Puppies grow up fast! . . . This was true of Chanel—a mixed breed of a dog who loved to race around my front yard and cause Chipley plenty of grief! She came into our lives a few years ago when I would see her running through our Toccoa neighborhood. She was nothing more than a wild and crazy puppy and I wasn’t sure she belonged to anyone in the area.
There’s a tendency to “drop” unwanted dogs off on my quiet little dead end road. So I wondered if this is what had happened to Chanel. One day when I was quick enough to stop her, I discovered she had collar with a name tag attached. It simply said “Chanel.”
Often when I was working in my yard, she would race toward me at such a fast speed that all four paws would be off the ground at once. Then she would drop down perfectly beside me and push her body into mine. She was friendly, but I also knew she was lonely. That is when her story came to light.
Chanel always seemed to know when I was out walking Cocoa and Chip. I don’t know how she knew, but she did. From a distance, I would see her climbing up a hill or charging through a line of cedar trees in an effort to get to us. Her short ears were always flapping in the wind, her tongue hanging out to one side, and she was always smiling. Dogs really do smile! Then there came a time when I didn’t see her as much.
I kept a steady lookout for her but the landscape around the house was quiet. There was no sign of Chanel. Finally one day, a neighbor walked by the house and Chanel was following close behind her. I noticed that her gate had changed. It was slower and not as lively. I wondered if she had been hurt or even hit by a passing car.
I asked about her and Ann, my neighbor, assured me that was not the case. She knew Chanel’s owner and told me she had recently passed away after a lengthy battle with cancer. All those months, Chanel had been her companion. I remember looking down at Chanel that morning and seeing her eyes dart away from mine. It was as if she was saying, “I don’t want to talk about this.” She was in mourning, and by now I had decided that if no one claimed her, I would take her. Chip loved her and Cocoa thought she was cool.
“But she still has an owner,” Ann was quick to say. “He lives in the white house on Highway 123 and is the husband of the woman who died.” Then Ann began to tell me the dog’s story. Chanel had been beside her owner until her death. Lost in her grief, she took flight into our neighborhood in search of someone, who would fill that empty place in her heart. Over the months, she had walked with all of us, met us, checked us out, and visited with us in our yards.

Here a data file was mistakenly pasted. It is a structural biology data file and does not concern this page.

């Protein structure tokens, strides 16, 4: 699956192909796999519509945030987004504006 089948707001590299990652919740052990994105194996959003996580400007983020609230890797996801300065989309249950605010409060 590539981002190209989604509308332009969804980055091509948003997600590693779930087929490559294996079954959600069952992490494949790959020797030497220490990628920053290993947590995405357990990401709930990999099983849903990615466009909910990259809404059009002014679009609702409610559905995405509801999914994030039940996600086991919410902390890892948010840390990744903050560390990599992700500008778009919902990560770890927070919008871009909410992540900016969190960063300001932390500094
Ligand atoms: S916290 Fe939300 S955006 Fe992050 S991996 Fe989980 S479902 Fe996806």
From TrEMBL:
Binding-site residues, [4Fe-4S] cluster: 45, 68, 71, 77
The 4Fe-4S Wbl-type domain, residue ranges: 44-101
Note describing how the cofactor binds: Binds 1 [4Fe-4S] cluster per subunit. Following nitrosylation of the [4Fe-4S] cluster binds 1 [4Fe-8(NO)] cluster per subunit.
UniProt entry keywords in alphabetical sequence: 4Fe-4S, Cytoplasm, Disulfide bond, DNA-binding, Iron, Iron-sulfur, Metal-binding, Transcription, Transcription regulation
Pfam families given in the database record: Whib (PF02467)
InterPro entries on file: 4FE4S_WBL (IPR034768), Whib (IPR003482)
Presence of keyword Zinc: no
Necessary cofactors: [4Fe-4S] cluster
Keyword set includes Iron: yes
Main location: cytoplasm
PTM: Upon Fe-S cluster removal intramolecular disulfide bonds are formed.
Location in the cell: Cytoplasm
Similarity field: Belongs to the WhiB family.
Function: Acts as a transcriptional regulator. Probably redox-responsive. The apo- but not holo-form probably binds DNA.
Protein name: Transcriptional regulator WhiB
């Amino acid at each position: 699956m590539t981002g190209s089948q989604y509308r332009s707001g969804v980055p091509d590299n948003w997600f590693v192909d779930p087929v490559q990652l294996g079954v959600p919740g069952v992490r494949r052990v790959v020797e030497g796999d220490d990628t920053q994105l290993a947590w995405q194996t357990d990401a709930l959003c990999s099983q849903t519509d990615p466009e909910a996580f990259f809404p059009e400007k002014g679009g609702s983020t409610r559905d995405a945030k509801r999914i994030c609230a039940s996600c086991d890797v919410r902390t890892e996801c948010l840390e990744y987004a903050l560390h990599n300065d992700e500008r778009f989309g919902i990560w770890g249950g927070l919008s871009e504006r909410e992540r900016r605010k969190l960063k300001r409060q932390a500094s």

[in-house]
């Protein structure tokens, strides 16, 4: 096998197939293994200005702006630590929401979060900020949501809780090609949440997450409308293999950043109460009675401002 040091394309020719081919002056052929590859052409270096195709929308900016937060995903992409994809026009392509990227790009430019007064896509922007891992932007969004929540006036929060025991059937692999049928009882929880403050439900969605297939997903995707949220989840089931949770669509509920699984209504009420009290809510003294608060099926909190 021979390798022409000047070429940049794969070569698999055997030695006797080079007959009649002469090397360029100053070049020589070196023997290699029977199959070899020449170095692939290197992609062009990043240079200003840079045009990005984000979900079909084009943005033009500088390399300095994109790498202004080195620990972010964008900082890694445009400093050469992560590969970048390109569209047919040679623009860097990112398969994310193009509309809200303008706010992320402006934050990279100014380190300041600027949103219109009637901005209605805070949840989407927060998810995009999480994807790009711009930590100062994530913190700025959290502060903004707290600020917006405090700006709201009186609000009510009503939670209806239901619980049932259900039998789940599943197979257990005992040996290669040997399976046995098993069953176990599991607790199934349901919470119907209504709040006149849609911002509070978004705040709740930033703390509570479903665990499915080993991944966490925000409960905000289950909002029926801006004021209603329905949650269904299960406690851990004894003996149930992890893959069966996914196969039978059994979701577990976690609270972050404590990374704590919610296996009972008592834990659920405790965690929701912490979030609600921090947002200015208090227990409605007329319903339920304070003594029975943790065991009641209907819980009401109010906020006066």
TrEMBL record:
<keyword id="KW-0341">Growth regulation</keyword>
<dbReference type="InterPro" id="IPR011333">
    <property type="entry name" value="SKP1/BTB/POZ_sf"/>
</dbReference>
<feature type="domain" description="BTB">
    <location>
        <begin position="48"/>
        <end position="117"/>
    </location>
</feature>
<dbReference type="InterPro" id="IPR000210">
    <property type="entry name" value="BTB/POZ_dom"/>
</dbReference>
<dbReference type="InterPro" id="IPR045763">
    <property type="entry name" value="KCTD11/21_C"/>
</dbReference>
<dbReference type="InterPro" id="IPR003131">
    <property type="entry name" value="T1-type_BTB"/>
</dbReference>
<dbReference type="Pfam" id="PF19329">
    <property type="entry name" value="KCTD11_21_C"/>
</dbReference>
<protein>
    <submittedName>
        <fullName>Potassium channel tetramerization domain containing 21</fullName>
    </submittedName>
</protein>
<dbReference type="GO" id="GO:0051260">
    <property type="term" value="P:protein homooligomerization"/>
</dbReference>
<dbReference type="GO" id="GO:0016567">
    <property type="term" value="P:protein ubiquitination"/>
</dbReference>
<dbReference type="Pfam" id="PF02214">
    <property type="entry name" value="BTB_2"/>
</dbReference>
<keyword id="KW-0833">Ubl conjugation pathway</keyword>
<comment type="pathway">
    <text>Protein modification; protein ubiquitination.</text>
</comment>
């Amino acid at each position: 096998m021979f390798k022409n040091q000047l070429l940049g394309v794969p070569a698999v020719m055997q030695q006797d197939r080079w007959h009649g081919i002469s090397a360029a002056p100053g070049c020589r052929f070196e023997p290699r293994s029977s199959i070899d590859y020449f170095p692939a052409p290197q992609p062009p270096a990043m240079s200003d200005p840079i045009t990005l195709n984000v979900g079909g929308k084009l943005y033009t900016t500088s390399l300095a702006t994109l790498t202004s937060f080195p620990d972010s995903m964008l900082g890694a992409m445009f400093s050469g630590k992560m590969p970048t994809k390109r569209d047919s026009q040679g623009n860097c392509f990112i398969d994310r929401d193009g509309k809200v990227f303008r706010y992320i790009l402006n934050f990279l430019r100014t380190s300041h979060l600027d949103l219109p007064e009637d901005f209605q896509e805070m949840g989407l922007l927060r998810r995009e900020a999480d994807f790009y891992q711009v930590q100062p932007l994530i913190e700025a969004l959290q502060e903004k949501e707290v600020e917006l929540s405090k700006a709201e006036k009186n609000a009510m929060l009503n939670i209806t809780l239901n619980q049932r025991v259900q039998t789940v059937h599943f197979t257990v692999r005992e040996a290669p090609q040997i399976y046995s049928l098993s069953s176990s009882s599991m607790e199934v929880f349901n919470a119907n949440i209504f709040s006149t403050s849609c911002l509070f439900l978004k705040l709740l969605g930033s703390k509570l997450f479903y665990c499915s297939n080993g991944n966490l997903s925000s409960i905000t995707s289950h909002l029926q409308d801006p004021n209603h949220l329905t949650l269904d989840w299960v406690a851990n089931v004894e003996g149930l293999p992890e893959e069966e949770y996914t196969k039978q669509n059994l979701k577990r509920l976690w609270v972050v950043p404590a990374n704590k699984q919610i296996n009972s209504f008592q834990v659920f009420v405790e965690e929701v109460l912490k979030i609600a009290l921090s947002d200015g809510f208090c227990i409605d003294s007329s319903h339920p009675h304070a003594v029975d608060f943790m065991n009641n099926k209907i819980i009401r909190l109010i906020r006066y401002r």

Needless to say my heart was breaking over the thought of her loss, but I found comfort in the fact that she was with someone who loved her. Over the coming months, almost everyone in the neighborhood took part in Chanel’s recovery and emotional healing—even Chipley cried out whenever he saw her coming. She was still fast and would zoom all over my yard teasing the dogs into running with her.
Then I received the word that I would be moving and among the many thoughts that filled my mind were thoughts about Chanel: Would she be okay? Would I see her again; and if I did, would she remember me? As we loaded the moving truck, I thought back to the night before and how I had to say goodbye to her. I begged her not to forget me or Cocoa or Chip. Did she understand even a little?
My house sat vacant for a while and then it was rented but that did not last long. Houses have a way of becoming homes and when they are homes, you keep them. I remember the weekend I began to move a few things back into the house. I had been gone for months, but some of my first thoughts after the lights and water were turned back on were on Chanel. Where was she? Would she catch me off guard and come racing up to me suddenly dropping at my feet and rolling over for me to rub her tummy?
Late one evening as I was out front surveying the winter damage on my lawn, it happened. I heard her coming before I actually saw her heading my way at a familiar top speed. But sadly she came and passed by me. No dropping at my feet. She was running in step with a lady, who usually jogged through my neighborhood.
That didn’t stop me from calling out to her, “Chanel! Chanel! Come girl!”
The second time I called, she stopped and turned and looked in my direction. “Come here, girl,” I shouted. Her eyes widened, and I saw the look on her face. It was one of memory and she came—running fast and familiar until she landed at my feet. I looked up and saw the woman who she was with. She was another part-time owner and she hesitated and then waved. Chanel rolled over and over and even let me give her a huge hug and then she was off—catching up with the woman who had jogged away.
Over the next few weekends whenever I was in Toccoa, I always watched for Chanel’s return and finally one morning I saw her jogging alongside the woman I had seen her with weeks before. I stopped them and asked if I could take Chanel’s photo. While I petted her and took her photo, the woman updated me about her current owner. He had suffered a severe stroke and probably would not recover. Once again Chanel is preparing for the worst.
The good news is this: her new mom, the woman who jogs with her, is taking care of her and she will come to live with her one day soon. So, whenever I’m in Toccoa and hopefully, that will be often, Chanel will be there to greet me!